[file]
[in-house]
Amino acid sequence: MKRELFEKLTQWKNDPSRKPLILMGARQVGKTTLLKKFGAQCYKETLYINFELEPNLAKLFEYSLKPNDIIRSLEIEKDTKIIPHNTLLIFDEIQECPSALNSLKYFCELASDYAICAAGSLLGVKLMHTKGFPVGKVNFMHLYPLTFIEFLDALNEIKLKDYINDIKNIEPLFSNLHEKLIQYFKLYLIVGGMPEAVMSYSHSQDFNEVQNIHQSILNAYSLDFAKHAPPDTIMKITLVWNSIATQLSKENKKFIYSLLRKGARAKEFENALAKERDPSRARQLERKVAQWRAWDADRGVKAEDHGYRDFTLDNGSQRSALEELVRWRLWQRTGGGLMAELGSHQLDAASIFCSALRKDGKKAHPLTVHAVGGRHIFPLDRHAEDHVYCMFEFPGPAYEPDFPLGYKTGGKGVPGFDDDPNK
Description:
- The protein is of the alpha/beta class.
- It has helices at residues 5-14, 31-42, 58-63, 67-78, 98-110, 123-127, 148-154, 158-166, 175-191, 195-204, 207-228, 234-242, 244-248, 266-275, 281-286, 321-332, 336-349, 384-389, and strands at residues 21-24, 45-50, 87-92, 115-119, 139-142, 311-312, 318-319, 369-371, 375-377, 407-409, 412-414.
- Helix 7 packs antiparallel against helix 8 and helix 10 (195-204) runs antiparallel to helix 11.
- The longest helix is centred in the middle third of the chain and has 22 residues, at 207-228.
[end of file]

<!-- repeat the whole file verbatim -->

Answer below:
[in-house]
Amino acid sequence: MKRELFEKLTQWKNDPSRKPLILMGARQVGKTTLLKKFGAQCYKETLYINFELEPNLAKLFEYSLKPNDIIRSLEIEKDTKIIPHNTLLIFDEIQECPSALNSLKYFCELASDYAICAAGSLLGVKLMHTKGFPVGKVNFMHLYPLTFIEFLDALNEIKLKDYINDIKNIEPLFSNLHEKLIQYFKLYLIVGGMPEAVMSYSHSQDFNEVQNIHQSILNAYSLDFAKHAPPDTIMKITLVWNSIATQLSKENKKFIYSLLRKGARAKEFENALAKERDPSRARQLERKVAQWRAWDADRGVKAEDHGYRDFTLDNGSQRSALEELVRWRLWQRTGGGLMAELGSHQLDAASIFCSALRKDGKKAHPLTVHAVGGRHIFPLDRHAEDHVYCMFEFPGPAYEPDFPLGYKTGGKGVPGFDDDPNK
Description:
- The protein is of the alpha/beta class.
- It has helices at residues 5-14, 31-42, 58-63, 67-78, 98-110, 123-127, 148-154, 158-166, 175-191, 195-204, 207-228, 234-242, 244-248, 266-275, 281-286, 321-332, 336-349, 384-389, and strands at residues 21-24, 45-50, 87-92, 115-119, 139-142, 311-312, 318-319, 369-371, 375-377, 407-409, 412-414.
- Helix 7 packs antiparallel against helix 8 and helix 10 (195-204) runs antiparallel to helix 11.
- The longest helix is centred in the middle third of the chain and has 22 residues, at 207-228.